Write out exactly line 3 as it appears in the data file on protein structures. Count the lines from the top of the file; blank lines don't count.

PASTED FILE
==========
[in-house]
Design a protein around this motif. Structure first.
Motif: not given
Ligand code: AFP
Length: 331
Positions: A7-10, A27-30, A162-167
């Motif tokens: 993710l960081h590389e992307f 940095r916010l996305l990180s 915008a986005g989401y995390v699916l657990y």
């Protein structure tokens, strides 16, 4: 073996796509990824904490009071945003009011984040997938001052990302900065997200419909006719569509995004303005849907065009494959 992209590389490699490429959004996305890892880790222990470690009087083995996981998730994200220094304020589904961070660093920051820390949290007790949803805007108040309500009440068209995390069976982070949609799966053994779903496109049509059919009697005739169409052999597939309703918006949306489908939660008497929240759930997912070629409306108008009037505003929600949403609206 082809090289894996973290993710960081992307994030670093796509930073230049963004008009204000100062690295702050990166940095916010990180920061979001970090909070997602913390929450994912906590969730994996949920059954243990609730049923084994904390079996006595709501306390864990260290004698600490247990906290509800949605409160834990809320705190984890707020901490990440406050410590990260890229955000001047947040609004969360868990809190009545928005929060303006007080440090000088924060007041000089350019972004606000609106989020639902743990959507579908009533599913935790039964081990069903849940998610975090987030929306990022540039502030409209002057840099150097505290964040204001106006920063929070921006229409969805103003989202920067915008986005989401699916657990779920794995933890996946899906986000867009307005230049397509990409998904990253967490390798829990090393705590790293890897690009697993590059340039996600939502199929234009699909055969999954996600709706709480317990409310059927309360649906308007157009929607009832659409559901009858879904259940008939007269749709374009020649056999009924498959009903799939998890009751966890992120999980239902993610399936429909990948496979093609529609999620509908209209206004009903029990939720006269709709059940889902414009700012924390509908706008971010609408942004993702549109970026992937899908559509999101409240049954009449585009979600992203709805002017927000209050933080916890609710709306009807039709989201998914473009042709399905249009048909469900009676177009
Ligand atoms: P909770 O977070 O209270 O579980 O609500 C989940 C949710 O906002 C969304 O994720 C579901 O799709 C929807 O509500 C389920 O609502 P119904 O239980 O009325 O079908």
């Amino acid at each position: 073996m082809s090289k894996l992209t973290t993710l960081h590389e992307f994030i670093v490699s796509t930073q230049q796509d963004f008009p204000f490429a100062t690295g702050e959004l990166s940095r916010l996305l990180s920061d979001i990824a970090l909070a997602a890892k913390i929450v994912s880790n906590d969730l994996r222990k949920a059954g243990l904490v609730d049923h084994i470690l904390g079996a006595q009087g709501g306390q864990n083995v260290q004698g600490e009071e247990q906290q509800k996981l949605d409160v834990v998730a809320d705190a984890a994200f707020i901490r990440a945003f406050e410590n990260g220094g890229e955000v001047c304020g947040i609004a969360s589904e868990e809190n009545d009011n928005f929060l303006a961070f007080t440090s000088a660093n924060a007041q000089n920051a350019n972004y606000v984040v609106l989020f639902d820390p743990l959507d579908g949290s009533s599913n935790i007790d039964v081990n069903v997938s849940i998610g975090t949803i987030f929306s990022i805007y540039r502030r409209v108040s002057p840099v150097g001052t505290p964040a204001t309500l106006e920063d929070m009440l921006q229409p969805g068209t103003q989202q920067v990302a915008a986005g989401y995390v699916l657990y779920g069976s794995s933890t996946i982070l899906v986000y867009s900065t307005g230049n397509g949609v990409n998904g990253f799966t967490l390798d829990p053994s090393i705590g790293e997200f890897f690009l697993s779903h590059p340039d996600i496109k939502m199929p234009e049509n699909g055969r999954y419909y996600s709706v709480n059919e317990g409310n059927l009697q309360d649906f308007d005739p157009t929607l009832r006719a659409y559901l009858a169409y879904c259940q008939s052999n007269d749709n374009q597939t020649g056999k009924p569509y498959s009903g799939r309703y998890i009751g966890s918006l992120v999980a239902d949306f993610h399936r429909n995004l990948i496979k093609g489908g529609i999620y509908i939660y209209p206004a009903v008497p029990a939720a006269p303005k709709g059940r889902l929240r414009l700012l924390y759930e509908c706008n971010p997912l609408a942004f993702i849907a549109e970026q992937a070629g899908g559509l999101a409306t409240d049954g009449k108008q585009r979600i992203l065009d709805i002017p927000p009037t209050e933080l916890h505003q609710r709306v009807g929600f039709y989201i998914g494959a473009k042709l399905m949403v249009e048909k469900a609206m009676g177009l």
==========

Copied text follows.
Motif: not given